Egyptian loans raise fears of impact on economy

The Egyptian government expands borrowing from the IMF and selling international bonds, amid warnings of the danger of trying to solve the economic crises by borrowing from abroad, and demands to search for alternatives as Egyptian foreign debt reaches record numbers.

al-monitor IMF head of delegation for Egypt Chris Jarvis (L), Egyptian Minister of Finance Amr al-Garhy (2-L) and Central Bank of Egypt chief Tarek Amer (C) attend a joint press conference in Cairo, Egypt, Aug. 11, 2016. Photo by STR/AFP via Getty Images.

Jul 9, 2020

CAIRO — Over the past few weeks, Egypt's foreign debt reached record numbers, after obtaining loans worth about $7.9 billion from the International Monetary Fund (IMF) under two different agreements, in addition to selling $5 billion worth of Egyptian bonds abroad.

According to the latest World Bank report on Egyptian foreign debt released in May, Egypt accumulated debts amounting to about $112 billion in 2019, an increase of 16% compared to 2018. This figure does not, however, include new debts incurred by Egypt during 2020 as the annual report only covered 2019.

On May 11, Egypt received a $2.7 billion loan from the IMF, after Cairo’s request for emergency financial assistance, known as Rapid Financing. This loan represents 100% of its quota according to the IMF’s Rapid Financing Instrument (RFI) provided to countries that apply for emergency loans.

The IMF’s Institute of International Finance said in a statement, “The RFI will help alleviate pressing financing needs, including for health, social protection, and supporting the most impacted sectors and vulnerable groups.” 

It continued, “Emergency support under the Rapid Financing Instrument will help limit the decline in international reserves.”

Less than two weeks after obtaining a RFI loan, the Ministry of Finance announced May 22 putting up $5 billion worth of Egyptian international bonds for sale in three different tranches.

The ministry’s statement read, “The Ministry of Finance was able to successfully implement the largest international issuance of international bonds carried out by the Arab Republic of Egypt at a value of $5 billion in three tranches of four, 12 and 30 years, and with export values of $1.25 billion, $1.75 billion and $2 billion, respectively, at very good rates of return in light of the recent volatility in global financial markets and the high level of risk and uncertainty on the investors’ part.”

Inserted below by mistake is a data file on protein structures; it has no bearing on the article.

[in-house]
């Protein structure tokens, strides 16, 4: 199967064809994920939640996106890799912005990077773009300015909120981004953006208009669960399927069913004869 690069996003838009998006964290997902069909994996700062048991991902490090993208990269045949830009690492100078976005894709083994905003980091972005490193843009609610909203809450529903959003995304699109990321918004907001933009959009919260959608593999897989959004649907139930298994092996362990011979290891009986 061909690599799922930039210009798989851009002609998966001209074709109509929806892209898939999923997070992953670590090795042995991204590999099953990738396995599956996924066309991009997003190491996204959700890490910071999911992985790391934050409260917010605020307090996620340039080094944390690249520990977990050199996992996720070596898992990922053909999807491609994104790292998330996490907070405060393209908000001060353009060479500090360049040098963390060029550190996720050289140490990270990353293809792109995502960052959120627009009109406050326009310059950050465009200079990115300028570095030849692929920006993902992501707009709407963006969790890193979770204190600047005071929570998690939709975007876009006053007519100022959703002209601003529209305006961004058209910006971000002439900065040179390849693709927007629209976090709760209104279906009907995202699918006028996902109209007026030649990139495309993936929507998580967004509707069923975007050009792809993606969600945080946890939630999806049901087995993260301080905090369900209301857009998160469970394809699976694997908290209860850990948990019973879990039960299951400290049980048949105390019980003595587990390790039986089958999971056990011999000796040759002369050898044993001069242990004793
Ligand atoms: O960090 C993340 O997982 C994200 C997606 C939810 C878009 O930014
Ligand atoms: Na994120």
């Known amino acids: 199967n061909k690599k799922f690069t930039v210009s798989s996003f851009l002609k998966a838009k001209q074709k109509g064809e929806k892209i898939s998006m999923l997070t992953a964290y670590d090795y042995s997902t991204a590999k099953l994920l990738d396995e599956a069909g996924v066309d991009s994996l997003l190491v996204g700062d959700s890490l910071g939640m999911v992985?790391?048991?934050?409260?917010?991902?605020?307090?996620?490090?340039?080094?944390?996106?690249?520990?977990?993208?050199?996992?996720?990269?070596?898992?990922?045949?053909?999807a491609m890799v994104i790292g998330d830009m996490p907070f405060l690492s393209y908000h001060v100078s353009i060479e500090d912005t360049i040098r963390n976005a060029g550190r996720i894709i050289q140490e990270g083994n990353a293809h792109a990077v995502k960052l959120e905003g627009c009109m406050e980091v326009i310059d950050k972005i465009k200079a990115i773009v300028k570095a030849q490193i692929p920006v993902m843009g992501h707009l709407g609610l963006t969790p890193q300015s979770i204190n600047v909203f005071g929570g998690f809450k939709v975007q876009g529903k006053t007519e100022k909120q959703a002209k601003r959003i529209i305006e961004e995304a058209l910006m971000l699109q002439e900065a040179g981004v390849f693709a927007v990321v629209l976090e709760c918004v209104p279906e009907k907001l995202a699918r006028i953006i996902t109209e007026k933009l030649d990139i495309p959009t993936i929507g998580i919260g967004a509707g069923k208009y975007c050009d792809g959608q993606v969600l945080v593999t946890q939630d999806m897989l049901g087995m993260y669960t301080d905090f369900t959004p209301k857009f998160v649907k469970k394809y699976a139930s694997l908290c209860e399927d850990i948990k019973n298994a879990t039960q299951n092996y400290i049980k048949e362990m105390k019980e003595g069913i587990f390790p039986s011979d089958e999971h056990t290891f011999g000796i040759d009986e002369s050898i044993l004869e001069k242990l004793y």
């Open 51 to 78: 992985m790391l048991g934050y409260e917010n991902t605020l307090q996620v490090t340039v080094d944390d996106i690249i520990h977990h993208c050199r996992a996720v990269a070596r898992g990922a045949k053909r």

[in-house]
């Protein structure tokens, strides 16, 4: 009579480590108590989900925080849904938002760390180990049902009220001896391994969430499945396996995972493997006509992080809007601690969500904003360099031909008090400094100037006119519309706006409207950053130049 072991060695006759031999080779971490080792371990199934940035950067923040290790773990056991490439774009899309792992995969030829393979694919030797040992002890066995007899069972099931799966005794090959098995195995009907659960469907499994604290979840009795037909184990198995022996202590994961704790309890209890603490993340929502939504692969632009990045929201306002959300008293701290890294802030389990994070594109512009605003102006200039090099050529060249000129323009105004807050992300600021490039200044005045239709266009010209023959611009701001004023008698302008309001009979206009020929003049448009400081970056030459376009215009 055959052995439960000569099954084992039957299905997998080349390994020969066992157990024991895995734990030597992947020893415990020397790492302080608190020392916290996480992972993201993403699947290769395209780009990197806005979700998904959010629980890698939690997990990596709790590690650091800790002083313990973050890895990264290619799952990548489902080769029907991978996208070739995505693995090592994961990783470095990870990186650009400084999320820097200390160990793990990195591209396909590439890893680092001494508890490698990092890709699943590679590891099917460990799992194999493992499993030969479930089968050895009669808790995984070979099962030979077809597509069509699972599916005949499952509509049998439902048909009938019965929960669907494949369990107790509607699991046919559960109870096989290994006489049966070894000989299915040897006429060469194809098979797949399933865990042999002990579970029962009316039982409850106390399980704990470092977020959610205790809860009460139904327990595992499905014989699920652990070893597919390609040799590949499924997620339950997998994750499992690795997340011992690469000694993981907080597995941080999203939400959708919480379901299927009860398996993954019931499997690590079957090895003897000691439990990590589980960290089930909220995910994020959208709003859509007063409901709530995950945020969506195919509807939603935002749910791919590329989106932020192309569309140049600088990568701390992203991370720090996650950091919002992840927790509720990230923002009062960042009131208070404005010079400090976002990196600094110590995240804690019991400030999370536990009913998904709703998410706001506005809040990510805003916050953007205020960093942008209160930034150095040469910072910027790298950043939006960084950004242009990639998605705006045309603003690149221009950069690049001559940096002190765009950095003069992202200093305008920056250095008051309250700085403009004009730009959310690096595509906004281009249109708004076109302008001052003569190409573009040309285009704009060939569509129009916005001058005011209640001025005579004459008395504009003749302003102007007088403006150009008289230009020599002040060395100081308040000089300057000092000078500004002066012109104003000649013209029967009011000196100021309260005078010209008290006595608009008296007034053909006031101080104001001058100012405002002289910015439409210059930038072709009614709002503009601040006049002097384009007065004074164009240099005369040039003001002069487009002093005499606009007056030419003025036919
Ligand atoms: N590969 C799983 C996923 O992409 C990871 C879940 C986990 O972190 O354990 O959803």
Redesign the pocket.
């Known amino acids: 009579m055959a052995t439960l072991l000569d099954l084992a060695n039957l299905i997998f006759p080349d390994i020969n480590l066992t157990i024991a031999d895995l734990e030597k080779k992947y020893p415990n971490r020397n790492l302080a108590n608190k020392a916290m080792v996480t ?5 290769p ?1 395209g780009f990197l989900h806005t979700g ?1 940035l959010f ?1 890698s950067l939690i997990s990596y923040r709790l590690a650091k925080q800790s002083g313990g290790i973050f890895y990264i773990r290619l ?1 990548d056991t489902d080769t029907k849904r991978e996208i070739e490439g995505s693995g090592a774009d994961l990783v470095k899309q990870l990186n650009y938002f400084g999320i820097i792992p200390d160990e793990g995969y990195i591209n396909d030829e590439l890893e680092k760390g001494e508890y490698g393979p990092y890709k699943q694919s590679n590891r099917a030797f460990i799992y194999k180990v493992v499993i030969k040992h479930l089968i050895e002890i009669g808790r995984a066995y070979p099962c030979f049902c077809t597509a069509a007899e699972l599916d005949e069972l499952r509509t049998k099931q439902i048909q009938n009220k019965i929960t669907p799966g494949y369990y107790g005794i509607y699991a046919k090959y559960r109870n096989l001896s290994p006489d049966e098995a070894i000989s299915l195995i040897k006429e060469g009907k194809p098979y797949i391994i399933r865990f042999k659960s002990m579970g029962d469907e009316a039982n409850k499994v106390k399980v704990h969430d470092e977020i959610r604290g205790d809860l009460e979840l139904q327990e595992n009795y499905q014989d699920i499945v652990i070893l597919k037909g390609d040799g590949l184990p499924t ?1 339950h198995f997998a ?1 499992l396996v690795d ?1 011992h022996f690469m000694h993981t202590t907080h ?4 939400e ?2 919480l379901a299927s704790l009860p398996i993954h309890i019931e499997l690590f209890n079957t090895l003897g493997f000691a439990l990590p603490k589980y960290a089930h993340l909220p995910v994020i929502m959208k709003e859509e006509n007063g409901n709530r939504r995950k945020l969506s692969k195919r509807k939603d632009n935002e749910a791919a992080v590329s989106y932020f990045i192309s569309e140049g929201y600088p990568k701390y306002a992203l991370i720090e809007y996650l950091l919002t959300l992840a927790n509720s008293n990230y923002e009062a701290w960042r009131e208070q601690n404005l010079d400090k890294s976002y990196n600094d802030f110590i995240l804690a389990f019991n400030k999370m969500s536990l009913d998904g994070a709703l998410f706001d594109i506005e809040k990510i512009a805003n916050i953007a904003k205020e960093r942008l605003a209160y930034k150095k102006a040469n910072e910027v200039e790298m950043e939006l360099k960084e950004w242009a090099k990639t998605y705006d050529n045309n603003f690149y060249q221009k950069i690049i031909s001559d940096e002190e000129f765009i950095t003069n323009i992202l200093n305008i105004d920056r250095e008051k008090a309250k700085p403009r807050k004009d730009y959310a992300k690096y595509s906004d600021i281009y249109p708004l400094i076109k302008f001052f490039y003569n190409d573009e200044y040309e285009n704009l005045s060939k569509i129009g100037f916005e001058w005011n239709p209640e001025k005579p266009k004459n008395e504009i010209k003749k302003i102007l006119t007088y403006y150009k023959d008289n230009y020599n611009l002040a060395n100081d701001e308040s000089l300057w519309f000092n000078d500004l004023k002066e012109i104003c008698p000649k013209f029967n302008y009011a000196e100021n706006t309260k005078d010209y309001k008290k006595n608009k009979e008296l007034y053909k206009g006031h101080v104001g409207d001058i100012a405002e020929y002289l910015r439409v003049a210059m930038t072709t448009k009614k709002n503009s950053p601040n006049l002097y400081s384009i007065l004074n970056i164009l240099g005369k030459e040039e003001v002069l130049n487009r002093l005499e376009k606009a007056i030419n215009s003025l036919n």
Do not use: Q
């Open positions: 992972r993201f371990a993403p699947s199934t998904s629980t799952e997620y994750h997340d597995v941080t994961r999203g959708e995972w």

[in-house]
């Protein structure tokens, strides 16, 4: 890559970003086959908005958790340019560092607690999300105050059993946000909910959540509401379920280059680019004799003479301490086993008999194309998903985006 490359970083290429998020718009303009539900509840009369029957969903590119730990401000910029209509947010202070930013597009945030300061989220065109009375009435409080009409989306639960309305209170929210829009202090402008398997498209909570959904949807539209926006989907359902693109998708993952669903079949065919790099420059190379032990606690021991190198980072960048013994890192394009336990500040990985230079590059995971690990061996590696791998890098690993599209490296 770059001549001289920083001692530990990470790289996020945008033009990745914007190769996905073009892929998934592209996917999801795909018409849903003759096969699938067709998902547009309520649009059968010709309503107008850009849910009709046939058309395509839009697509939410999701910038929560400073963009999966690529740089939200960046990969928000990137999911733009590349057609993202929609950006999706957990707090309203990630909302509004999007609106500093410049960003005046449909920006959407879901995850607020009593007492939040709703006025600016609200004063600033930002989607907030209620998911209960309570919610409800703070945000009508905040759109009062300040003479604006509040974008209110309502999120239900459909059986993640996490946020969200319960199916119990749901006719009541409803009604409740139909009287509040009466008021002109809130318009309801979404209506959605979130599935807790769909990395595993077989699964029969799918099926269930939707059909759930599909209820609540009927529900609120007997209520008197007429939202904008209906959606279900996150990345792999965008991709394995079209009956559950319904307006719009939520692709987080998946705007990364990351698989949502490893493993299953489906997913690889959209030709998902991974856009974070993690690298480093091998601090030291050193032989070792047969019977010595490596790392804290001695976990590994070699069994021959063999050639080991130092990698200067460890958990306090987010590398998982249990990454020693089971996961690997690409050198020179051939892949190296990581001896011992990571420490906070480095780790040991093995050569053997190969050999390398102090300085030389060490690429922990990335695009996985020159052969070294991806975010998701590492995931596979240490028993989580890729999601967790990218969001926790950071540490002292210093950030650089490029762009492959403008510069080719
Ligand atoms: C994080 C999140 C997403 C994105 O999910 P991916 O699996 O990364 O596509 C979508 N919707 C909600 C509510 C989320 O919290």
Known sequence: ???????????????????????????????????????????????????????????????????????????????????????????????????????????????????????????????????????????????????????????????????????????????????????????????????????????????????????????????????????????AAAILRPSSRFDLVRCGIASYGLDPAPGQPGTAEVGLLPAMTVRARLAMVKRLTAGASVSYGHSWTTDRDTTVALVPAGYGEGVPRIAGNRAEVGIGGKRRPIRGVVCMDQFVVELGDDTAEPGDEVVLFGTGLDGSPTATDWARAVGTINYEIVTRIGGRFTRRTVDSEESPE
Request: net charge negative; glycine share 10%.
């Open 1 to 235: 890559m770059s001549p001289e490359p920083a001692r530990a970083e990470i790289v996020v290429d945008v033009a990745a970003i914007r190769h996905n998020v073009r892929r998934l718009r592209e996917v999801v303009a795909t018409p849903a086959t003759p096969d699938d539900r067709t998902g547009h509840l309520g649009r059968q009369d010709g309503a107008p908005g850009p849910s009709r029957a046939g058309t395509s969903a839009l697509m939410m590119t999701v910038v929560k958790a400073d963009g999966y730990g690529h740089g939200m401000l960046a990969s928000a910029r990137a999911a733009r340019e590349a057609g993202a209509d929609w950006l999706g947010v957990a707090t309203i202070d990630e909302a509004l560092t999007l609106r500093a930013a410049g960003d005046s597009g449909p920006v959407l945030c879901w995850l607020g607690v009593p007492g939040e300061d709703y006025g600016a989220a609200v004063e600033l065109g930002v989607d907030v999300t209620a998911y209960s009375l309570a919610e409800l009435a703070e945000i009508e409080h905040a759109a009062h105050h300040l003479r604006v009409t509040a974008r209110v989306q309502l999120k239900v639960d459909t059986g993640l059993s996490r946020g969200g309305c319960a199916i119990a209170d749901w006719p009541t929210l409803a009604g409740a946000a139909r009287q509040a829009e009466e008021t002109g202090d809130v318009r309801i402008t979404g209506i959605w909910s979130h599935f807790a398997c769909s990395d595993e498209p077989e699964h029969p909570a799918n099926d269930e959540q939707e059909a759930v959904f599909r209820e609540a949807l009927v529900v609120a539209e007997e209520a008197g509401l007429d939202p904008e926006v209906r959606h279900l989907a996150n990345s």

The IG Academy defines government bonds as “a type of debt-based investment, where you loan money to a government in return for an agreed rate of interest. Governments use them to raise funds that can be spent on new projects or infrastructure, and investors can use them to get a set return paid at regular intervals.”

On June 26, after two weeks of negotiations with the IMF, the Egyptians were taken aback by the IMF agreeing to a 12-month $5.2 billion financing package to help the country alleviate the economic impact of the coronavirus pandemic.

Mona Badir, a macroeconomic analyst at Prime Investment Bank, welcomed the IMF’s approval of any loan requests by Egypt to resolve its crises.

“Getting approval for loans or selling bonds shows that the large international financial institutions have confidence in the Egyptian government and the Egyptian economy, and are proof that the Egyptian state is currently taking the right economic steps,” she told Al-Monitor over the phone.

Badir pointed to what she called “other benefits of obtaining loans, which are filling the local financial budget deficit or opening new economic activities or investment opportunities in economic projects that benefit the country. Meanwhile, the most recent IMF loan serves to directly help contain COVID-19’s impacts on the economy.”

Abdel Hafez al-Sawy, an economic analyst who has been in Turkey since the ousting of late President Mohammed Morsi in 2013, denounced the Egyptian government's expansion in borrowing from abroad and selling bonds in global markets.

“The Egyptian government is moving toward drowning citizens in foreign debts, thus increasing taxes and raising prices of goods and services locally, which may constitute additional burdens on Egyptians,” he told Al-Monitor via Wire.

Sawy called on the need to “find alternative solutions to help the Egyptian economy other than loans or selling international bonds, especially since it may seem like an easy way out now — but its dangerous impacts will come creeping up in the future.” He stressed the importance of “involving the people in the decision by including the parliament in any economic agreement, especially when it comes to loans.”

With the most recent $5.2 billion loan from the IMF, in addition to the $2.7 billion loan that preceded it, the IMF would thus be financing the Egyptian government with about $20 billion within three years, not to mention the $12 billion loan that Egypt got from the IMF to fund its projects in 2016.

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